Breaking out of PRISM

With the allegations about the US government spying on individuals still causing much concern, the EFF (via) has put together a website listing a variety of software and service alternatives that help you protect your online privacy.

The site is at and I’m a little bit ambivalent about it.

Not being dependent on a single supplier is, in itself, a good thing and using different providers for different services allow to to avoid being locked in to a single monopoly. There is also a lot to be said for not being dependent on a supplier whose business model involves building ever more detailed profiles of you for the benefit of advertisers. And, of course, being in control of the software that you run on your own devices is a good thing in and of itself.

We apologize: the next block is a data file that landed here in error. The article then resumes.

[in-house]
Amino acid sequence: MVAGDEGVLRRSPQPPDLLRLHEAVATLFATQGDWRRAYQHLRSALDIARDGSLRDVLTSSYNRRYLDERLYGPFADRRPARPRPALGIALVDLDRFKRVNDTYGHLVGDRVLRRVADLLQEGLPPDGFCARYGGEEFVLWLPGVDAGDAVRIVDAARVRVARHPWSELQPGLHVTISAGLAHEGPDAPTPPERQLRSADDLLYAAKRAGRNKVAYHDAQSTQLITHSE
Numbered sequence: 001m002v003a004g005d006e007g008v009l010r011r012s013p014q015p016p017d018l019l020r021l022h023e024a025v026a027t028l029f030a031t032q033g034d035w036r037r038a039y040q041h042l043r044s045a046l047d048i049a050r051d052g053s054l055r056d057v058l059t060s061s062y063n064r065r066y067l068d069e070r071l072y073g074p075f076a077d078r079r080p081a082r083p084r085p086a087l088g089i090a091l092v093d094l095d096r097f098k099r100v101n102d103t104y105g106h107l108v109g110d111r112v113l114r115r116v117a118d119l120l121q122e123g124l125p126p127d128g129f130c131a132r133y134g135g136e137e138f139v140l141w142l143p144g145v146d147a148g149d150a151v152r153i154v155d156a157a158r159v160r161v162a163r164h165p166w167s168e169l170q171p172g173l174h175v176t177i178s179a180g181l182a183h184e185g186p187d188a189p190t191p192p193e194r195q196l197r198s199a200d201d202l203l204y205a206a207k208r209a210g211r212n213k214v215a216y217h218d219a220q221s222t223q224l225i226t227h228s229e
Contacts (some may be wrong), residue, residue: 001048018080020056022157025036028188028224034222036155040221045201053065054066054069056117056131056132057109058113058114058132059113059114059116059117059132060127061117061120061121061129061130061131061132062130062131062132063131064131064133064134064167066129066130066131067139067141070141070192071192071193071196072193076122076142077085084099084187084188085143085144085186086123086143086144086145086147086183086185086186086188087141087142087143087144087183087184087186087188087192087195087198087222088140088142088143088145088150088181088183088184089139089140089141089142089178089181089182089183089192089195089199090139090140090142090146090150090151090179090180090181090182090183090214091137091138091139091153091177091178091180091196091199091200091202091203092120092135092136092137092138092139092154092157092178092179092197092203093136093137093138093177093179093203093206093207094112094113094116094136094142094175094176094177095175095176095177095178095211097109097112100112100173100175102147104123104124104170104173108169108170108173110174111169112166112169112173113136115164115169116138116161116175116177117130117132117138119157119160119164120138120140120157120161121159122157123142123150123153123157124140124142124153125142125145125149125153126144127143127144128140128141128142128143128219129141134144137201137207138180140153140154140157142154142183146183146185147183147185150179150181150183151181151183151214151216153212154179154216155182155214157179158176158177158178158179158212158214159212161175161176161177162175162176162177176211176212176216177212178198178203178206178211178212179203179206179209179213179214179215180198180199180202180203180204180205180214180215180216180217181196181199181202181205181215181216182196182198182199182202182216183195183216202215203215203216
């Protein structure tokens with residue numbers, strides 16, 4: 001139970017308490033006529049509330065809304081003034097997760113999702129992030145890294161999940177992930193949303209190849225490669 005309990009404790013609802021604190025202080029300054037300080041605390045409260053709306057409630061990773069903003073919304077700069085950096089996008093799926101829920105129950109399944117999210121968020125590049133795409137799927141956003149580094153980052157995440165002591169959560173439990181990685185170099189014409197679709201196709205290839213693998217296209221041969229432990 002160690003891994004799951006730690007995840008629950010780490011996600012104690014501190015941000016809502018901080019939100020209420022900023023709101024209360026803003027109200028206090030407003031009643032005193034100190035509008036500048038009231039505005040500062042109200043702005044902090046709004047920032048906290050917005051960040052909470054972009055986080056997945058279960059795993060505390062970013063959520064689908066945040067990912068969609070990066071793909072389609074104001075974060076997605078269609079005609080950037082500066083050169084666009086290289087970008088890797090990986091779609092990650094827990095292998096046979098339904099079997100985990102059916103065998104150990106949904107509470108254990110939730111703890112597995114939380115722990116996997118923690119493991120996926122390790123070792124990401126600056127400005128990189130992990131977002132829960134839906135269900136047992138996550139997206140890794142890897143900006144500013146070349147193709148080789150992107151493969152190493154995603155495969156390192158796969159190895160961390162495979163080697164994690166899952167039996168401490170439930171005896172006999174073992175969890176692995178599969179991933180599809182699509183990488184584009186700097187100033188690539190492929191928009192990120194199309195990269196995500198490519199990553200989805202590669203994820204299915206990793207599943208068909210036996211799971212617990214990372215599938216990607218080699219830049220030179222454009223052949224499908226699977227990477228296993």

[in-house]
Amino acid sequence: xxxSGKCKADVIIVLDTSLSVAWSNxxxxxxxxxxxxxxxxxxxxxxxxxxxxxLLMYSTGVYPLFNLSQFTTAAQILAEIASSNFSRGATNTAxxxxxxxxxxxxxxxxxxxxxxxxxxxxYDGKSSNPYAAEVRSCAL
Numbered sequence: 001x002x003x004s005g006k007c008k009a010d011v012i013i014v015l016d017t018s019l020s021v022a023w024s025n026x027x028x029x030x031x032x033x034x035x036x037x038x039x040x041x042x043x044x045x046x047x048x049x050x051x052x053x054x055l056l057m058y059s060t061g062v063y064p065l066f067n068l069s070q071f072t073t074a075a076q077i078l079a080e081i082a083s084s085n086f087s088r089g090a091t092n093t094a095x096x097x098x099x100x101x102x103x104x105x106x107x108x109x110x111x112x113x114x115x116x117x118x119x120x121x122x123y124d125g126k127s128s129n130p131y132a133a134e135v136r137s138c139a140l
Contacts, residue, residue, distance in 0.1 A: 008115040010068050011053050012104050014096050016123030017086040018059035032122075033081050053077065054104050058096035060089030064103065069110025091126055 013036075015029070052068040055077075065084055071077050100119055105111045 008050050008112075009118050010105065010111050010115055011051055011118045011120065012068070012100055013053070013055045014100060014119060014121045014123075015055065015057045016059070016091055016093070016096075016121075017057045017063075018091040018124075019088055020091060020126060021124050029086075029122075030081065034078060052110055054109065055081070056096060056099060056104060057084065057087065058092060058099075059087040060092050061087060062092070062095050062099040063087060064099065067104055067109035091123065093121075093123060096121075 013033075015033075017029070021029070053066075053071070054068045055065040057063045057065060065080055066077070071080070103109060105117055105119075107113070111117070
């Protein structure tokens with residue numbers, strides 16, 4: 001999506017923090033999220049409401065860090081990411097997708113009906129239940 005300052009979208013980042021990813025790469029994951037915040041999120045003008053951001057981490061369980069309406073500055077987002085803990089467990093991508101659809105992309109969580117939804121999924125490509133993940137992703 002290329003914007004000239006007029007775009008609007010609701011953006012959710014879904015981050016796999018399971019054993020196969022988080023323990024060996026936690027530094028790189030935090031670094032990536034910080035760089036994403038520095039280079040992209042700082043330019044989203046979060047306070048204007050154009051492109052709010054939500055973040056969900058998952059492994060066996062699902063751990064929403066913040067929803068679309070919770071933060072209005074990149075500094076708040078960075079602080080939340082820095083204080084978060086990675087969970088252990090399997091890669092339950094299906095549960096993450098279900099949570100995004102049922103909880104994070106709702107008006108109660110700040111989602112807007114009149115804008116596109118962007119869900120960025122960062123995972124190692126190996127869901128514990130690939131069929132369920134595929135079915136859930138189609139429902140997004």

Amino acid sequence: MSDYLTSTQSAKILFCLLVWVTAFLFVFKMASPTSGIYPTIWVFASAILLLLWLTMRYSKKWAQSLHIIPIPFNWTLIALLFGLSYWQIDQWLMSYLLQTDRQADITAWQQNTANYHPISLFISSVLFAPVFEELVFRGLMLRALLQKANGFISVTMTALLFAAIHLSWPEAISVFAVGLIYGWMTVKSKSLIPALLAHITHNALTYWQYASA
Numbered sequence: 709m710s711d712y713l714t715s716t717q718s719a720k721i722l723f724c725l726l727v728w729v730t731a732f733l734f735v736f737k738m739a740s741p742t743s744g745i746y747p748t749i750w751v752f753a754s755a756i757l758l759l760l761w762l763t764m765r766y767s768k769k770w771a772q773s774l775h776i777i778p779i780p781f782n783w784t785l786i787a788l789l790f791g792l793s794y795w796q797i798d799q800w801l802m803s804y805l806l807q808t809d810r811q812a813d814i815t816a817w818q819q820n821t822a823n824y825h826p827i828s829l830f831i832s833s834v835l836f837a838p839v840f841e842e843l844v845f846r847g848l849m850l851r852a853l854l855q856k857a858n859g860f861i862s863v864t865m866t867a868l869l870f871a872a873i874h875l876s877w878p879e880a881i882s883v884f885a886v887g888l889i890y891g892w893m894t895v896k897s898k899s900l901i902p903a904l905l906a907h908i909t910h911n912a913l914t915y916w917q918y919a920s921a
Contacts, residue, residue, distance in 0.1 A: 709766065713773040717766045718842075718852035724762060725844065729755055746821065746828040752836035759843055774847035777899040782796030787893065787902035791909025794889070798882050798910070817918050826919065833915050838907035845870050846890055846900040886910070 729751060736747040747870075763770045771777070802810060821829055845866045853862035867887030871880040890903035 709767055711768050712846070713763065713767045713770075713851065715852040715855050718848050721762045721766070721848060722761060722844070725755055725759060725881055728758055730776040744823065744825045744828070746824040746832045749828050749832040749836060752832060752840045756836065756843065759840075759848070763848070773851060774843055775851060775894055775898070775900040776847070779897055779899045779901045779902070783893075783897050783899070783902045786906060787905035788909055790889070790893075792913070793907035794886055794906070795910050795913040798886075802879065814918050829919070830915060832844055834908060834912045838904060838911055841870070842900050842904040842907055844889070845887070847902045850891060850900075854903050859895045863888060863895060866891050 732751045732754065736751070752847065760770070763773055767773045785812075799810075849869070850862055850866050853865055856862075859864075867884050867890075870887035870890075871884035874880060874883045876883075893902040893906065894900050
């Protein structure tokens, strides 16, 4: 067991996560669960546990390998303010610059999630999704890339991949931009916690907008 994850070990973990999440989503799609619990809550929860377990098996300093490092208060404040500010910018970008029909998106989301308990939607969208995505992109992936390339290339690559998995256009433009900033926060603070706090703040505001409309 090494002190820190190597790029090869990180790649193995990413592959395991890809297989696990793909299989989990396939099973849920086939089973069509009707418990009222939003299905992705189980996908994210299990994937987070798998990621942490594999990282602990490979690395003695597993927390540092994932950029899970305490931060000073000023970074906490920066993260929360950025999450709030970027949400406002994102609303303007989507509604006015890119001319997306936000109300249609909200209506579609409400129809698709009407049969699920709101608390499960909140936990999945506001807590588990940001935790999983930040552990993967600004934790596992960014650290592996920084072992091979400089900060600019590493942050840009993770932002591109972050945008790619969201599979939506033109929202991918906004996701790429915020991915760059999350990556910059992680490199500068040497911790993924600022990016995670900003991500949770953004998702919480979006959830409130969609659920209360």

What concerns me is that this list of alternatives is being presented as an alternative to PRISM. As I said earlier, the problem is not that the state is able to pry into your online activities but that they want to.

Being in control of your comnputing devices is a good thing; being in control of your online profile is a good thing; not being locked into a single supplier is a good thing; and service providers that see you as a customer rather than a product are a good thing.

The EFF’s list of alternatives is well worth looking through and, by taking advantage of some of these, you can greatly improve your online privacy. But don’t fool yourself into believing that dealing with the specific cases raised by the PRISM allegations absolve you of the need to address the wider problem of governments behaving unaccountably.

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